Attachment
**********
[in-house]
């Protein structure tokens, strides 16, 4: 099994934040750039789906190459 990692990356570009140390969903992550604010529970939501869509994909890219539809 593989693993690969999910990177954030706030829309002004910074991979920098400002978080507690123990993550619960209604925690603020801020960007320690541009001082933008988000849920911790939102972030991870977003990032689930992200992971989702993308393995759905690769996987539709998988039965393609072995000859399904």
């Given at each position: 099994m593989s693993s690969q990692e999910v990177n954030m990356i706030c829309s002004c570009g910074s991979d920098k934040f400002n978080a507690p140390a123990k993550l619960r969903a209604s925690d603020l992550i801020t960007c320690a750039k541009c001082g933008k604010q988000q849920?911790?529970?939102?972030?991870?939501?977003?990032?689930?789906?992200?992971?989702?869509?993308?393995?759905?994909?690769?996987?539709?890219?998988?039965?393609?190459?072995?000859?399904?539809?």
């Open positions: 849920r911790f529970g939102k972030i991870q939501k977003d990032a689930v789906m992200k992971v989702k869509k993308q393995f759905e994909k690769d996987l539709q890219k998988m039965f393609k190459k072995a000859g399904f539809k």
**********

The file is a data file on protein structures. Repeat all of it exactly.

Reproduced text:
[in-house]
């Protein structure tokens, strides 16, 4: 099994934040750039789906190459 990692990356570009140390969903992550604010529970939501869509994909890219539809 593989693993690969999910990177954030706030829309002004910074991979920098400002978080507690123990993550619960209604925690603020801020960007320690541009001082933008988000849920911790939102972030991870977003990032689930992200992971989702993308393995759905690769996987539709998988039965393609072995000859399904």
């Given at each position: 099994m593989s693993s690969q990692e999910v990177n954030m990356i706030c829309s002004c570009g910074s991979d920098k934040f400002n978080a507690p140390a123990k993550l619960r969903a209604s925690d603020l992550i801020t960007c320690a750039k541009c001082g933008k604010q988000q849920?911790?529970?939102?972030?991870?939501?977003?990032?689930?789906?992200?992971?989702?869509?993308?393995?759905?994909?690769?996987?539709?890219?998988?039965?393609?190459?072995?000859?399904?539809?």
């Open positions: 849920r911790f529970g939102k972030i991870q939501k977003d990032a689930v789906m992200k992971v989702k869509k993308q393995f759905e994909k690769d996987l539709q890219k998988m039965f393609k190459k072995a000859g399904f539809k």